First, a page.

How tuned is your time machine?

How tuned is your time machine?  No, I am not talking about DeLoreans with Flux Capacitors, but a tool almost all software development groups have but many use poorly, namely source control.  A simple test of how well your source control system is doing is to see how many times a day the average developer checks in code.  The sad fact is that in most development shops I encounter, the time a file is checked out is measured in weeks—as for a library book.Driver development can benefit greatly from a source control system that encourages its use.  It is amazing how many times I hear “It was working, I must have changed something to break it.”  If you use source control all the time, it is easy to back up to prove things worked, find the version with the set of changes that broke things, and quickly resolve the problem.   For a manager, frequent source control is beneficial to scheduling since it gives you concrete data on the state of the work.  Statements from developers, “I’m 80% of the way done” do not mean anything.  Is this 80% coded, tested or what?  Instead, “The current checked in version supports these capabilities and passes these tests” gives you a solid basis for scheduling and for knowing a project’s status.Source control gets out of tune for two major reasons, either the system is cumbersome to use, or developers ignore it.  Many source control systems become cumbersome because release engineering owns them and requires additional input and checks since every check in is part of the release!  Unfortunately, this approach is wrong because developers need to be able to check in often, and that includes versions with diagnostics that will never go into production.If you are a manager stuck with cumbersome source control, consider setting up your own with something like SourceSafe.  Having two source control systems may mean that you as the manager need to take a stable version out of the lightweight system and check into the release system periodically, but having the history of changes I am talking about is worth it.There also needs to be an environment that encourages checking in often.  The common developer model of “I’ve checked it out, I’ll check it in when all the modifications to the module work”, has to be changed.  Encouraging developers to check in after every change can be a challenge.  Showing the value of frequent revisions for debugging will help.  For a manager, looking at what goes into a revision and encouraging incremental revisions is also needed.  Finally, consider using a source control system where only one developer can have the file checked out at a time.   This not only creates an internal push to finish the change and check it in, but also eliminates the error-prone merge steps in systems that allow multiple checkouts.Encouraging incremental revisions of the code, and using source control wisely is one of the best ways to improve quality and find bugs in drivers.  When you are checking your code in often, it is easy to step into your time machine and track down the bugs.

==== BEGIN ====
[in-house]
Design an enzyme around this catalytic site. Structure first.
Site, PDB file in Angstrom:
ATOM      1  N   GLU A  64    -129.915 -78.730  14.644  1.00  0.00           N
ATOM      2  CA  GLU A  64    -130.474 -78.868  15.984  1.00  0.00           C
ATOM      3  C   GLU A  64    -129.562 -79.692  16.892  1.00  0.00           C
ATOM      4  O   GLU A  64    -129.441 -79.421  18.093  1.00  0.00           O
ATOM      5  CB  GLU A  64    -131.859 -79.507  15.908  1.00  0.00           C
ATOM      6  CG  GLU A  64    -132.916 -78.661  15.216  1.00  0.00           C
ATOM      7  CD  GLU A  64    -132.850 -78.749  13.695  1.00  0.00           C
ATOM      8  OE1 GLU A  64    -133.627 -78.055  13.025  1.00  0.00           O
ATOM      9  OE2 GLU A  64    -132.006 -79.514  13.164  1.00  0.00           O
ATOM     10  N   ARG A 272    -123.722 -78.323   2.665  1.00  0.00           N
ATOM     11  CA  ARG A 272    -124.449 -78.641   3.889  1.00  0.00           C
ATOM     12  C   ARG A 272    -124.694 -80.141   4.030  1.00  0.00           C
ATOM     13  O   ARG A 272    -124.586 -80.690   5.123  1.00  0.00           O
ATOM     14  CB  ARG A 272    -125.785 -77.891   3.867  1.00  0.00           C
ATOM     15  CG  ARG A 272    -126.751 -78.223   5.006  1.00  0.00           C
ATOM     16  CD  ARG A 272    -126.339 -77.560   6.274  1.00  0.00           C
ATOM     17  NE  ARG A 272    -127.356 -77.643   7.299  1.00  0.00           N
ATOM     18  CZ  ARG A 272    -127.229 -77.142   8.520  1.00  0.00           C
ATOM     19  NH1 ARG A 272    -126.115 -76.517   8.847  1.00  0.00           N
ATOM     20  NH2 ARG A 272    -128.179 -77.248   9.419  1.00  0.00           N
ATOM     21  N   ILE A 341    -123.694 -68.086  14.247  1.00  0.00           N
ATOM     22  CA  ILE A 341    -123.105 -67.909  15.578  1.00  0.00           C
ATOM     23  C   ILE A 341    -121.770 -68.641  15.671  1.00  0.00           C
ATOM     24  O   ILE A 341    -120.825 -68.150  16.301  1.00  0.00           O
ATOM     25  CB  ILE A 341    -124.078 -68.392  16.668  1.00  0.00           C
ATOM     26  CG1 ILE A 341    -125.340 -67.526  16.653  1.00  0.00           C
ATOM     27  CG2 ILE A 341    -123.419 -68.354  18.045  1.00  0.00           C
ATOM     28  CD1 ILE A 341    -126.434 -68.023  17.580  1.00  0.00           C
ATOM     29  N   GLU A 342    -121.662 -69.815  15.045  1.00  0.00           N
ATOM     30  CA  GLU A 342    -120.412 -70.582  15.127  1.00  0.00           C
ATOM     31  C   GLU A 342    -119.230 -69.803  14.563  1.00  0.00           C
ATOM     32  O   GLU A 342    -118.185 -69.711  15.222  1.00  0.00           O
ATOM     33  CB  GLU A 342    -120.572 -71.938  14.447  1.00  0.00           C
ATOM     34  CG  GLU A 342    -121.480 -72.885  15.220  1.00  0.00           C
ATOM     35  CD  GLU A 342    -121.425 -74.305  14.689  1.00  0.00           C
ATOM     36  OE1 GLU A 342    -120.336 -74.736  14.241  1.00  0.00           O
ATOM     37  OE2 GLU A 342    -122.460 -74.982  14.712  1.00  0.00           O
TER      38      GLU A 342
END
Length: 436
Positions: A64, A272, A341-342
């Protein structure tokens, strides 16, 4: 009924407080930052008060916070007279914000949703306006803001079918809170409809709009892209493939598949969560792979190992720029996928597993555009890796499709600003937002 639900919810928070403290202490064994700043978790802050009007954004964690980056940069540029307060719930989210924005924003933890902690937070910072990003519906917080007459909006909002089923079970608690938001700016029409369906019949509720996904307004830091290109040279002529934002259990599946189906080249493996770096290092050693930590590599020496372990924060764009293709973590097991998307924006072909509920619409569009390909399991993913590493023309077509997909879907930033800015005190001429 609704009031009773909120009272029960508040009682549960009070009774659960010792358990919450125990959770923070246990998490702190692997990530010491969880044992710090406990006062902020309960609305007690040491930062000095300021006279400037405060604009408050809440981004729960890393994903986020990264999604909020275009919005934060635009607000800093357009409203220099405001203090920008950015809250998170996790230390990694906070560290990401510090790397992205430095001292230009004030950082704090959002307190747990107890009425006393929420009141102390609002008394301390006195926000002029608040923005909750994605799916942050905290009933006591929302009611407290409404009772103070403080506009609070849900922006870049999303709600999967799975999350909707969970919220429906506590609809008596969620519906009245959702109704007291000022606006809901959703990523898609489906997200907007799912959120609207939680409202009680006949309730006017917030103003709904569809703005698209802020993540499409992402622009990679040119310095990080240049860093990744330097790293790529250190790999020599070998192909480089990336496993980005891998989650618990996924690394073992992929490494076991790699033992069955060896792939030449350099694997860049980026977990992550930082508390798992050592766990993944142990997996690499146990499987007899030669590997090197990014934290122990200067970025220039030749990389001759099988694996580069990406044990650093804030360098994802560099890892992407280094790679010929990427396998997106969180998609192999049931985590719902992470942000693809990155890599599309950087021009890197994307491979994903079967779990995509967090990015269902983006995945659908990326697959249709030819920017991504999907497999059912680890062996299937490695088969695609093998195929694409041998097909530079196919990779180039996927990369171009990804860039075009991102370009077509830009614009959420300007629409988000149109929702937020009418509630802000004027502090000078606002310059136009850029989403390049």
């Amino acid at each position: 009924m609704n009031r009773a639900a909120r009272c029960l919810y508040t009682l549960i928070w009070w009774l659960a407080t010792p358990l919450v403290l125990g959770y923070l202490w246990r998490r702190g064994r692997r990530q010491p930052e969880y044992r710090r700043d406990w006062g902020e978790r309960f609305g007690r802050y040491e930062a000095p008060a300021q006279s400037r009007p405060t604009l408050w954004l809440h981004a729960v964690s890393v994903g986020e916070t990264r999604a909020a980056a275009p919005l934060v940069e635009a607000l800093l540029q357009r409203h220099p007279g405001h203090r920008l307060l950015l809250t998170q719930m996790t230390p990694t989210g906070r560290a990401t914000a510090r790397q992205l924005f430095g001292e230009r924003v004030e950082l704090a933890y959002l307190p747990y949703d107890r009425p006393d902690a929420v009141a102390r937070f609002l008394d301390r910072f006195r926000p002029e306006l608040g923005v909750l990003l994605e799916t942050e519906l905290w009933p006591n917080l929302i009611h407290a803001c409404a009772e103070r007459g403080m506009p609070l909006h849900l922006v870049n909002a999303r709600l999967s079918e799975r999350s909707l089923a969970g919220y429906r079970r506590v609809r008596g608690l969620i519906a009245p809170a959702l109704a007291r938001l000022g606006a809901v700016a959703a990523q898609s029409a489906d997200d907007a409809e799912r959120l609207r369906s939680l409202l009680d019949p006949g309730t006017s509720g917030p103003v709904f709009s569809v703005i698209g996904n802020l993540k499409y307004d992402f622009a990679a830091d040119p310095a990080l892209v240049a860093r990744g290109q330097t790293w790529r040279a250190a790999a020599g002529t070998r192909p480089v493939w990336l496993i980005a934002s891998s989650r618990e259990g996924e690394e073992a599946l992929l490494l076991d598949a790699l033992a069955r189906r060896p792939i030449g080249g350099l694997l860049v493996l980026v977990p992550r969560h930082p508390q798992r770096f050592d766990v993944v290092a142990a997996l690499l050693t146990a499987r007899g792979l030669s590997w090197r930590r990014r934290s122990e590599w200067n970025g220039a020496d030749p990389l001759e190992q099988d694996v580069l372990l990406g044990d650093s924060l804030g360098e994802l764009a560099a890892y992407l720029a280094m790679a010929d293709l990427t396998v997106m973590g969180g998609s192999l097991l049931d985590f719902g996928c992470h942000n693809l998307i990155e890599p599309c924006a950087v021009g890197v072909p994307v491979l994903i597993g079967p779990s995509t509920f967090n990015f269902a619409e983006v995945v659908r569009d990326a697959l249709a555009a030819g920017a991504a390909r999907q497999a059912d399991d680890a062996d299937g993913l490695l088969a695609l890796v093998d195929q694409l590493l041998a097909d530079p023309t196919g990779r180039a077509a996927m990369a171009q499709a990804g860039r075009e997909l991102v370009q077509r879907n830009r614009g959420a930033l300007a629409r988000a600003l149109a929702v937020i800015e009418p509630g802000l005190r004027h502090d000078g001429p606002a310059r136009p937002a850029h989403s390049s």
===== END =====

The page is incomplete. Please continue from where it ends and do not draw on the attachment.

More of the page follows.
One thought on “How tuned is your time machine?”

  1. Hear! hear! I wish people took source control more seriously. It has saved me often.

    SourceSafe is too painful for words, though; I have had good luck with:
    – CVS, for many years, although it’s old and showing its age
    – Subversion, which is a better CVS, mostly
    – Perforce, which I use at work, and which is fantastic.

    The first two are open-source, and Perforce is free for 2 users, so if you’re a small dev shop, it might work for you. It gets expensive after that, though – $800/user or so.

    Commit early and often. Branch for releases. Tag for patches. Your life will be happier.

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